*** Strangely enough, given the nature of Vogons, writing things quickly seems out of character for them; as a result, [[AllThereInTheManual expanded material]] states that Vogon numbers would be written in unary (so that, for example, one thousand is one thousand tally marks).
* Strangely, even though many of the characters in ''StarWars'' speak English, all computer consoles starting with ''Film/ReturnOfTheJedi'', but later including the Special Editions of the previous two films show a made-up script called Aurebesh. The idea is that while [[TranslationConvention the audience hears their own language]], the characters are actually speaking a galactically common tongue referred to as "Basic" in the expanded media.
* The SelfDestructMechanism that the ''Franchise/{{Predator}}'' sets off at the end of [[Film/{{Predator}} the first movie]], and earlier in [[Film/{{Predator 2}} the second]], has a digital countdown in alien numbers.
* In ''Film/CubeZero'', the Cube computer systems and written orders use both the latin alphabet and a strange alien one to display English. The characters can read both just fine.
* WesternAnimation/RatchetAndClank has this for some of the Galactic Signs.

* ''Franchise/IndianaJones and The Temple of the Forbidden Eye'' has a supposedly "ancient" language written throughout the queue. It's a simple substitution alphabet. Originally, decoder cards were given out by cast members to help guests fight boredom in what was potentially a 5 hour wait.
** In fact, careful examination of the glyphs reveals that the individual characters are just the letters of the English alphabet, highly stylized. With a little practice, you can read them without decoding.
* In [[Ride/DisneyThemeParks Tomorrowland]], the photo kiosk and nearby restrooms at the exit of Ride/SpaceMountain have signs in English and an "alien language", but if you compare the two, the latter is obviously just a substitution cipher for the former. Similarly, all signs near Ride/StitchsGreatEscape are written like this, with the "alien language" for that ride being [[Disney/LiloAndStitch its affiliated franchise's]] [[{{Fictionary}} Tantalog]] script.

* Gnommish that appears on the covers and the bottoms of pages of the ''Literature/ArtemisFowl'' books is Wingdings English though it was extremely hard for Artemis to translate in universe.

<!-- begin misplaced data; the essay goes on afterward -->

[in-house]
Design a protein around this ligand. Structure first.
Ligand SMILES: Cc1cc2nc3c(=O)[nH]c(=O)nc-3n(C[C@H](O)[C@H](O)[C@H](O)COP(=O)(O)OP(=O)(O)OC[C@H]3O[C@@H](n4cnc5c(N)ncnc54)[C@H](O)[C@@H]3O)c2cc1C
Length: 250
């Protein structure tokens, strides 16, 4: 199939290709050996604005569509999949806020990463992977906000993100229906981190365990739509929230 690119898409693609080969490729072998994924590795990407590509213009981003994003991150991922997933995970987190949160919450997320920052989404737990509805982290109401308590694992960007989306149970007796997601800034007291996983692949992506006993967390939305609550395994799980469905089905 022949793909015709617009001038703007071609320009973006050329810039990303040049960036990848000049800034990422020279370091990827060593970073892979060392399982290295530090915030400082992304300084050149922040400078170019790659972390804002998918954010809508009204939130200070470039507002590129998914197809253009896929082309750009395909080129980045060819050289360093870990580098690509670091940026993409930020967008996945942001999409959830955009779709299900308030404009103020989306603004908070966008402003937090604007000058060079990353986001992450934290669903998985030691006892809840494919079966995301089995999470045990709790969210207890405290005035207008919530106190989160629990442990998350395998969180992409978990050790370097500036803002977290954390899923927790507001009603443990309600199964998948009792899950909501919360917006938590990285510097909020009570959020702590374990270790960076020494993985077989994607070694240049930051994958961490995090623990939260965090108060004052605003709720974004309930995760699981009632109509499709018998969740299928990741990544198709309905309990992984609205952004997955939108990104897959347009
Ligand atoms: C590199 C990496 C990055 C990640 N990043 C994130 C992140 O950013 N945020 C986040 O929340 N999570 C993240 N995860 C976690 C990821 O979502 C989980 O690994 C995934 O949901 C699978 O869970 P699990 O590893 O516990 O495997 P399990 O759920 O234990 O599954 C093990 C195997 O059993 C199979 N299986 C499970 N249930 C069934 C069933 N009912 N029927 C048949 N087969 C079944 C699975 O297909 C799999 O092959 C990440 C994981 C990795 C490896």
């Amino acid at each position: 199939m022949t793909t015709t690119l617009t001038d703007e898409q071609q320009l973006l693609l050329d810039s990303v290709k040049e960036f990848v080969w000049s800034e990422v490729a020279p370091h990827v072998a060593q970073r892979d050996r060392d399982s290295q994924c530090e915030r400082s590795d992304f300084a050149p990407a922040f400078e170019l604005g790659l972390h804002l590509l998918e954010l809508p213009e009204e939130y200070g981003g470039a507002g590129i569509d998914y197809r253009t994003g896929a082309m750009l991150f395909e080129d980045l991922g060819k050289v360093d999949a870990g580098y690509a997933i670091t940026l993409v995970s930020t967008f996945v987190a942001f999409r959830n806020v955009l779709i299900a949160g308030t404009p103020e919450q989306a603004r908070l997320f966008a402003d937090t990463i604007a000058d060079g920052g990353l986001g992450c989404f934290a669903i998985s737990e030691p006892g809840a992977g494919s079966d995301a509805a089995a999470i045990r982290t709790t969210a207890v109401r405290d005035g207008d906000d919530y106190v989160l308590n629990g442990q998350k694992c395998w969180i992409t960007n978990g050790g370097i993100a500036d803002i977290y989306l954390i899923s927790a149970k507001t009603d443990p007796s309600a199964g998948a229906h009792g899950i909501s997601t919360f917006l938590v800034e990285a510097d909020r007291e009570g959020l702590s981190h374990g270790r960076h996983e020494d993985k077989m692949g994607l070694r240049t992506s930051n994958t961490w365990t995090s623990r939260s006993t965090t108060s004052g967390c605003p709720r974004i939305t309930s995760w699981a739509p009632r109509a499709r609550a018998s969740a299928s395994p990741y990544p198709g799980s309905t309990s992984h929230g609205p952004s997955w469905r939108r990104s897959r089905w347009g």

** Also, Centaurean.
* A few of the ''Fighting Fantasy'' books have puzzles that involve working out which symbols represent which letters to read secret codes. Fangs of Fury, for example, has a prominent Wing Dinglish language which, among other things, is used to [[spoiler:hide a puzzle-relevant name-that-must-not-be-uttered in plain sight in a recurring non-illustration image]].
* While not examples of extraterrestrial alphabets, there are several ''{{Literature/Redwall}}'' books in which the heroes must decode some ancient writings that are the same as English, only the letters look just different enough to make them unrecognizable.
* Somewhat subverted in ''TheLordOfTheRings'', it contains several inscriptions (most notably the title page and the writing on Balin's tomb) that, when deciphered, turns out to be phonetically written English. This is in fact part of the book's TranslationConvention - Tolkien pretends that the whole book is really translated from an original Westron manuscript by himself, and includes the inscriptions.
** The Cirth at the top of the title page reads "The Lord of the Rings, translated from the red book" while the tengwar at the bottom continues, "of Westmarch by John Ronald Reuel Tolkien. Herein is set forth the history of the War of the Ring and the return of the King as seen by the Hobbits."
** The map in ''Literature/TheHobbit'' also has an English text, but that uses real Anglo-Saxon runes, not Cirth.
** On the other hand, some fans play this trope depressingly straight. Since Tengwar doesn't even have a one-to-one match with the Latin alphabet even in the orthographic mode for English (let alone for other modes in other languages), in most Tengwar fonts the key you press doesn't correspond to the sound of the Tengwar. So if you just download an "Elvish font" and type away, be assured you'll get gibberish.
* Not a language as such, but in one of the ''Franchise/TheDarkTower'' books Stephen King presents a Line of Eld symbol (think, "descendant of King Arthur" for a rough equivalent). It's the copyright symbol set in Windings.
* The ancient language known by Golems in the ''Literature/{{Discworld}}'' novels ''Discworld/GoingPostal'' and ''Discworld/MakingMoney'' is {{Wingdinglish}} based on the "angelic alphabet" created by John Dee.
* Averted: James Gurney's Literature/{{Dinotopia}} picture books has a CypherLanguage, not Wingdinglish, despite modern English being only several centuries old compared to the dino civilization of millions of years. AcceptableBreakFromReality considering it was designed for children and their parents.
** However, the Chandaran Transitional Alphabet is like this, English made to match Footprint latters.
* In 'The Ogre Downstairs' Diana Wynne Jones has some characters from Greek Legend speaking ancient Greek, that the characters don't understand. However the written text is English transliterated into the Greek alphabet, letting the readers know what the characters are saying.
* In ''[[Literature/MythAdventures Myth Alliances]]'', a native of the computer-obsessed dimension of Kobol greets some visitors by ''saying'' a smilie-symbol.

[[folder:Live Action TV]]